The United States of America is an extraordinarily unique country, one created by and for the people, rather than any one individual. Ours is a government of institutions and laws, binding each American together, and holding us all accountable to one another. Above all else, the rule of law symbolizes the United States and her citizens, as well as its commitment to upholding the international order.
Few other nations benefit from the liberties and freedom enjoyed each day by Americans, and few things are held in such high reverence in the U.S. as our judiciary system. It’s then worth asking how, exactly, law has come to symbolize our nation and its people.
There is no finer example nor greater power of American law than the United States Constitution. This document, penned by our founders and relied upon throughout our history as a legal compass, has built the very foundation of our country. Americans rightly view the Constitution and principles instilled within it as the bedrock of our nation, though seldom do we appreciate the lengths to which it goes to protect us.
Everywhere one looks in America, there is law; our courthouses and statehouses dot our maps, and Americans are regularly exposed to law in their media and everyday experiences. Whether it’s being tried by a jury of your peers, or merely being bombarded with advertisements for legal services on your way to work, we all find ourselves immersed in a world of law.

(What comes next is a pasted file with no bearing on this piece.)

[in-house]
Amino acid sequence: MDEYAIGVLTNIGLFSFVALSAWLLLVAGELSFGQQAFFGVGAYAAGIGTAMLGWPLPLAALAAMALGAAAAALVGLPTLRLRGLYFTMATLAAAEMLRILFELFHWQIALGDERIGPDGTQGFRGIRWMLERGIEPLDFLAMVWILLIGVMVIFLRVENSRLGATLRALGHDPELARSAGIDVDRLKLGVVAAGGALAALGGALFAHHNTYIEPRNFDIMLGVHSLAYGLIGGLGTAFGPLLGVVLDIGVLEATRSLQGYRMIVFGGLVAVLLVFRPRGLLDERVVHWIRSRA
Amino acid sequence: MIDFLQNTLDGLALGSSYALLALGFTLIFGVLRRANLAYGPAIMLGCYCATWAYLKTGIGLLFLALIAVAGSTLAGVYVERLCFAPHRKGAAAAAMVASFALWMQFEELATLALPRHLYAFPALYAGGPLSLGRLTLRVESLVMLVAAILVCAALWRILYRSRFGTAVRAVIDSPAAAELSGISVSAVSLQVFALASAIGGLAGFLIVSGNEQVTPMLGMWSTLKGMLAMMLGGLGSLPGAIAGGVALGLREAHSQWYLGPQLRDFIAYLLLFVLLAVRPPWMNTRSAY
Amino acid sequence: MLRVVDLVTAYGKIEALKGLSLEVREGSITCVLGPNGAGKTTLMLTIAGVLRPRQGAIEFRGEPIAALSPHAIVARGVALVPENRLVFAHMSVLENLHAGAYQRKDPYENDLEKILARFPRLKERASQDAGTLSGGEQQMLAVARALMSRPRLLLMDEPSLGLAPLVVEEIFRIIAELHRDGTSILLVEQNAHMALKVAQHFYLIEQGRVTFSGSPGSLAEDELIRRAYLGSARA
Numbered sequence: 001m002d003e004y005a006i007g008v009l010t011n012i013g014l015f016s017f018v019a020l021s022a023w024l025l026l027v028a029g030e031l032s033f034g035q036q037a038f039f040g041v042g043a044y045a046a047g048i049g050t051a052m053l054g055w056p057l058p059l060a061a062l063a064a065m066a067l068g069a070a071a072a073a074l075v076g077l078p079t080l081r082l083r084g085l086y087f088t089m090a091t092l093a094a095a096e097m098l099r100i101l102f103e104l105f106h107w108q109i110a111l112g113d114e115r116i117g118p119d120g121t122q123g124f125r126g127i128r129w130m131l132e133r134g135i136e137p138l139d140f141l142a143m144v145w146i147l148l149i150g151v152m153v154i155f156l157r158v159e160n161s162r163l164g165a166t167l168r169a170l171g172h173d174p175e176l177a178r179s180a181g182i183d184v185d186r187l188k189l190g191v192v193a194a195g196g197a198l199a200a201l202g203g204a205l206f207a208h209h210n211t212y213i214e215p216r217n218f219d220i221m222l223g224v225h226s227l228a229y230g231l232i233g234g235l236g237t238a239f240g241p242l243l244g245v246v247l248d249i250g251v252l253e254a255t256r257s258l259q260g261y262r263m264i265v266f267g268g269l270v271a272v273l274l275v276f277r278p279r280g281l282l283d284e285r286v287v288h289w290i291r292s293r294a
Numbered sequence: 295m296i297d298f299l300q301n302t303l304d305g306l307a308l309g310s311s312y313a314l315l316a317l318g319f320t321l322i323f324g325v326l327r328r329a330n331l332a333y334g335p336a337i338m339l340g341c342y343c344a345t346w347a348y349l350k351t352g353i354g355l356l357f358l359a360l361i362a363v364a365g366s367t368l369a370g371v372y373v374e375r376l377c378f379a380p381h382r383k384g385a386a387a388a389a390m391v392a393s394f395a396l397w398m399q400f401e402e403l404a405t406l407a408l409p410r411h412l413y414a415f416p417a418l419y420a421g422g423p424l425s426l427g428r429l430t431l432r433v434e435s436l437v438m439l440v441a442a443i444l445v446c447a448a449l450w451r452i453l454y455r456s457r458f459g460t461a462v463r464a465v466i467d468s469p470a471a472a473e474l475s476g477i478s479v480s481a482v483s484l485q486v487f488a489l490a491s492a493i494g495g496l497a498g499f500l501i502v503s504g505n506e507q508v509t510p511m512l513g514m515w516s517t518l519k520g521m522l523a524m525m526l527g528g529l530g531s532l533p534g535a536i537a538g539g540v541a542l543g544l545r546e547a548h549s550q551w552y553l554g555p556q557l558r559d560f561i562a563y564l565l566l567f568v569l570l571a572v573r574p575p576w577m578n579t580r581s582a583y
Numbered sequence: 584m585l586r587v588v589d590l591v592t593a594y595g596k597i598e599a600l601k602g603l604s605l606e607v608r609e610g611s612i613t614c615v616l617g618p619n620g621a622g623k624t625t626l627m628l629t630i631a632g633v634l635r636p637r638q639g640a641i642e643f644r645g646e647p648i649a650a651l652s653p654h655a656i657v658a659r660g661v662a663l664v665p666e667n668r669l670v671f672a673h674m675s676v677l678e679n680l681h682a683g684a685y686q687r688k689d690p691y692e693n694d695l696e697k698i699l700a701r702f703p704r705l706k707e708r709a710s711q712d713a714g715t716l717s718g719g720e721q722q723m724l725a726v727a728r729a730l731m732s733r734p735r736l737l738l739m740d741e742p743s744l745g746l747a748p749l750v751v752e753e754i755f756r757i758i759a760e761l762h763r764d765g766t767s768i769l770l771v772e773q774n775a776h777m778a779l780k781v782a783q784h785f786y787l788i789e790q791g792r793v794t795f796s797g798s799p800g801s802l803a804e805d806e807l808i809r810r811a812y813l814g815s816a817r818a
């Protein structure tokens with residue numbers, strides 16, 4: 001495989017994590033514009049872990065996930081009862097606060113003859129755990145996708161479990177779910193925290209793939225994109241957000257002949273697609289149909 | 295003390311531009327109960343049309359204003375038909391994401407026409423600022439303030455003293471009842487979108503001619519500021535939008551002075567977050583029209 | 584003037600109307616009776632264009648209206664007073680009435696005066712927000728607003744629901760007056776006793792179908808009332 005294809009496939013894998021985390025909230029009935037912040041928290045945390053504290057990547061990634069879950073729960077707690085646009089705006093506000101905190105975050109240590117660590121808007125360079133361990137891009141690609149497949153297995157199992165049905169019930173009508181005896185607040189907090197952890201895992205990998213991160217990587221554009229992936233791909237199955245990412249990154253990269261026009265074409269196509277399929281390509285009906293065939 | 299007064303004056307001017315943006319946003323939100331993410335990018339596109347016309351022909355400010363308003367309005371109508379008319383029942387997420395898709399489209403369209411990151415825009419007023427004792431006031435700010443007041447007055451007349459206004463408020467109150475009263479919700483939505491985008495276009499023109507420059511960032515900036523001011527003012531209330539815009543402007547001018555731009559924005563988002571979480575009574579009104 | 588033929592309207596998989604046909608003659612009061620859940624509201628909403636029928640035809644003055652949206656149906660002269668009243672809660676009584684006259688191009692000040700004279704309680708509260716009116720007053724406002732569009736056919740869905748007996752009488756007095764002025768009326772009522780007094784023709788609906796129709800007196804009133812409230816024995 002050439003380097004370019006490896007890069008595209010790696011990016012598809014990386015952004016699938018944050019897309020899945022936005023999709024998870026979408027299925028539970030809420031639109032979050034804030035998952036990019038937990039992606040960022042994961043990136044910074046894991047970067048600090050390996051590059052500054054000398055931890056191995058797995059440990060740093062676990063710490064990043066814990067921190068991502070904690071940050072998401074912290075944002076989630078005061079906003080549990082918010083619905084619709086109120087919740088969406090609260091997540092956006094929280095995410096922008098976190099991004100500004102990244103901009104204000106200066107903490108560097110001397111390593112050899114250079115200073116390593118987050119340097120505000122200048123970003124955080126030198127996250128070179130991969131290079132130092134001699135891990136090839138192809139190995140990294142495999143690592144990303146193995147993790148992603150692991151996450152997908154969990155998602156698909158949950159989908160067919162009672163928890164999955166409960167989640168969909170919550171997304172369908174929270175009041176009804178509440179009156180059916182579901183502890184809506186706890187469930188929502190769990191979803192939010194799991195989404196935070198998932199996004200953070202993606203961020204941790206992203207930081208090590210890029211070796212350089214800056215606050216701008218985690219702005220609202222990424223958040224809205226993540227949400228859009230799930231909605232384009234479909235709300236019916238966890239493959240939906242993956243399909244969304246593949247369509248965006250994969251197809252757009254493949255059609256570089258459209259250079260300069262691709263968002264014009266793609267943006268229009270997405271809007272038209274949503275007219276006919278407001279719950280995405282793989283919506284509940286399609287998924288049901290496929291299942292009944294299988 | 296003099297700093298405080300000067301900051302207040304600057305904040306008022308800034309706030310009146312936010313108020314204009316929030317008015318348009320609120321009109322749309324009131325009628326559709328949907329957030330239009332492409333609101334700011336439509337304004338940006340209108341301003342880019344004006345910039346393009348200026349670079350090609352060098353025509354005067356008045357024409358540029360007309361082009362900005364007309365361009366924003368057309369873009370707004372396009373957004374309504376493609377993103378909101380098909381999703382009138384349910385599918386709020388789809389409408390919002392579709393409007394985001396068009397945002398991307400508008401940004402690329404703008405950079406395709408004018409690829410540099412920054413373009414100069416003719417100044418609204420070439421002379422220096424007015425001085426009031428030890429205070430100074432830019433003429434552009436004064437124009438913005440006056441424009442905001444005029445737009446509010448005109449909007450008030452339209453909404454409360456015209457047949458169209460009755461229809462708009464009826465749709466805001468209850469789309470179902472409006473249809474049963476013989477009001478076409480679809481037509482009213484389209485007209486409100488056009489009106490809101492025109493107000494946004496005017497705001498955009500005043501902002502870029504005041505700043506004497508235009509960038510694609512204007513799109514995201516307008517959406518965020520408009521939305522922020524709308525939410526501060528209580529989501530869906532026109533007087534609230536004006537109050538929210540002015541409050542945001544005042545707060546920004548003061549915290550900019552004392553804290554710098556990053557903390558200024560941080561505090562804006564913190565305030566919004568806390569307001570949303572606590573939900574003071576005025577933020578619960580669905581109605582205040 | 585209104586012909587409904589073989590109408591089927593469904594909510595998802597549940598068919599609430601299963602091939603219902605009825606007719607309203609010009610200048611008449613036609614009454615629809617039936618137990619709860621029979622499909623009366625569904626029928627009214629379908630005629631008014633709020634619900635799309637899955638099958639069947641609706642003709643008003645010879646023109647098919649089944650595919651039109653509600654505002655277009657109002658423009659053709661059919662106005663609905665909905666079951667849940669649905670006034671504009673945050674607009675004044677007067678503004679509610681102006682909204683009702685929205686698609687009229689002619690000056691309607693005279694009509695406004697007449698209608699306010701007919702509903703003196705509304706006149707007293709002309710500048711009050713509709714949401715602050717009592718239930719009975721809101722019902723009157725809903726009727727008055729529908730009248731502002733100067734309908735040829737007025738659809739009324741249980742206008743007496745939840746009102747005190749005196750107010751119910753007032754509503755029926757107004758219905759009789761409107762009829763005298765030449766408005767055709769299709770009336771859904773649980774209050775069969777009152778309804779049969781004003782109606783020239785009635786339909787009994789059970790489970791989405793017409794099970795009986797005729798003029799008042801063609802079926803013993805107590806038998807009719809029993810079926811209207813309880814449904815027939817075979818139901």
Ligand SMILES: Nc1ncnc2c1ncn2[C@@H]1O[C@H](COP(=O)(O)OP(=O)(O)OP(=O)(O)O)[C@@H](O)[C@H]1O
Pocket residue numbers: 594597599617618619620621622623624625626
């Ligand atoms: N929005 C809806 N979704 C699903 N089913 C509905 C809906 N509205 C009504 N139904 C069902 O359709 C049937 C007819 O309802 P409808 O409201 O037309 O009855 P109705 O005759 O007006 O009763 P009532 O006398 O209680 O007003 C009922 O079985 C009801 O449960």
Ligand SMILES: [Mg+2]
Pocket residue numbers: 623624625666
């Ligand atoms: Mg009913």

From our nation’s inception, our government officials have derived their authority not from a divine mandate, but rather the will of the people. This principle, enumerated in Article I of the constitution as it establishes the House of Representatives, has driven the United States to become the international role model of the rule of law. Time and time again, other nations have formulated their constitutions, governments, and guiding national principles with the assistant of the United States.
Our constitution serving as an example for others is perhaps best seen in the nation of Japan, which, after world war II, formulated a constitution based not only on its own national principles, but those of the American Constitution. Time and time again, our courts, legal documents, and rich judicial history has served as an example around the globe.
Countless times throughout American history, the people of the United States have fallen back on the symbol and power of their judicial system to rescue them from tyranny. Two presidents have been impeached, and countless instances of discrimination have been struck down, all through the vital institutions of the judiciary.
Law has become more than a guiding principle of life; these days, the law in the United States serves as a cultural icon, an ever-present reminder that our government is one of, by, and for the people.
How have you seen law function as a symbol in the United States? How would our nation be different without our judicial system? Leave a comment below!